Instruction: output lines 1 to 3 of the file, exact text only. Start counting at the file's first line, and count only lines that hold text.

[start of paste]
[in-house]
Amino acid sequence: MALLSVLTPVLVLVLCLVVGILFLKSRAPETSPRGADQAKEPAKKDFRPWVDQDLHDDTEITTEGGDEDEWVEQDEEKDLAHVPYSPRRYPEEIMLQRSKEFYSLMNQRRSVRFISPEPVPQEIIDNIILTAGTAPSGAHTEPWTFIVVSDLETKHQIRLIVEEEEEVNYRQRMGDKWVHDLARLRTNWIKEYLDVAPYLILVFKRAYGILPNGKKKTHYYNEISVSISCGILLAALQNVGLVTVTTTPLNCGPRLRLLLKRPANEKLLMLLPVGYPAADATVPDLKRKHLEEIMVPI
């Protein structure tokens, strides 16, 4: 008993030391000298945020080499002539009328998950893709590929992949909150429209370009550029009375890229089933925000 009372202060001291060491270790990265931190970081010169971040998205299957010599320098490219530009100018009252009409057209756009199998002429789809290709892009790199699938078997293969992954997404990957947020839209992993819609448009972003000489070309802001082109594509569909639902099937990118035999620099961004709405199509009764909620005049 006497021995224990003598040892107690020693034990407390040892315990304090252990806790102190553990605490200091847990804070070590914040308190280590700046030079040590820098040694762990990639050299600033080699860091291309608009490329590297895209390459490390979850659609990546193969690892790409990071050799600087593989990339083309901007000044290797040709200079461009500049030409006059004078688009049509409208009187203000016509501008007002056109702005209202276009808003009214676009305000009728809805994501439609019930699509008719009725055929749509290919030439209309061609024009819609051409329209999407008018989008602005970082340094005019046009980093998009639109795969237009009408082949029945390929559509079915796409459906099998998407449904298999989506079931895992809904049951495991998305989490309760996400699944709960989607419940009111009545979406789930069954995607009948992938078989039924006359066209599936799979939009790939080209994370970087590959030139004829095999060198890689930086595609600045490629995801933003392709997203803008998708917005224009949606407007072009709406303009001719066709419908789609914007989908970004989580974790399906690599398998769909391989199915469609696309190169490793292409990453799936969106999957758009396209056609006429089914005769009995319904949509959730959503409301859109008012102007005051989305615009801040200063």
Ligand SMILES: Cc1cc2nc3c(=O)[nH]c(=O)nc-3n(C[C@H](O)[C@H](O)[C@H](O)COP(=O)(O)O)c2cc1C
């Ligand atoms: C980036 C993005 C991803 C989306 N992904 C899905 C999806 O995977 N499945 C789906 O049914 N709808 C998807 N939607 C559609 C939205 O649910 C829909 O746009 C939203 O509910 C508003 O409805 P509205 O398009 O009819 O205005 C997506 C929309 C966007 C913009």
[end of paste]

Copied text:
[in-house]
Amino acid sequence: MALLSVLTPVLVLVLCLVVGILFLKSRAPETSPRGADQAKEPAKKDFRPWVDQDLHDDTEITTEGGDEDEWVEQDEEKDLAHVPYSPRRYPEEIMLQRSKEFYSLMNQRRSVRFISPEPVPQEIIDNIILTAGTAPSGAHTEPWTFIVVSDLETKHQIRLIVEEEEEVNYRQRMGDKWVHDLARLRTNWIKEYLDVAPYLILVFKRAYGILPNGKKKTHYYNEISVSISCGILLAALQNVGLVTVTTTPLNCGPRLRLLLKRPANEKLLMLLPVGYPAADATVPDLKRKHLEEIMVPI
């Protein structure tokens, strides 16, 4: 008993030391000298945020080499002539009328998950893709590929992949909150429209370009550029009375890229089933925000 009372202060001291060491270790990265931190970081010169971040998205299957010599320098490219530009100018009252009409057209756009199998002429789809290709892009790199699938078997293969992954997404990957947020839209992993819609448009972003000489070309802001082109594509569909639902099937990118035999620099961004709405199509009764909620005049 006497021995224990003598040892107690020693034990407390040892315990304090252990806790102190553990605490200091847990804070070590914040308190280590700046030079040590820098040694762990990639050299600033080699860091291309608009490329590297895209390459490390979850659609990546193969690892790409990071050799600087593989990339083309901007000044290797040709200079461009500049030409006059004078688009049509409208009187203000016509501008007002056109702005209202276009808003009214676009305000009728809805994501439609019930699509008719009725055929749509290919030439209309061609024009819609051409329209999407008018989008602005970082340094005019046009980093998009639109795969237009009408082949029945390929559509079915796409459906099998998407449904298999989506079931895992809904049951495991998305989490309760996400699944709960989607419940009111009545979406789930069954995607009948992938078989039924006359066209599936799979939009790939080209994370970087590959030139004829095999060198890689930086595609600045490629995801933003392709997203803008998708917005224009949606407007072009709406303009001719066709419908789609914007989908970004989580974790399906690599398998769909391989199915469609696309190169490793292409990453799936969106999957758009396209056609006429089914005769009995319904949509959730959503409301859109008012102007005051989305615009801040200063």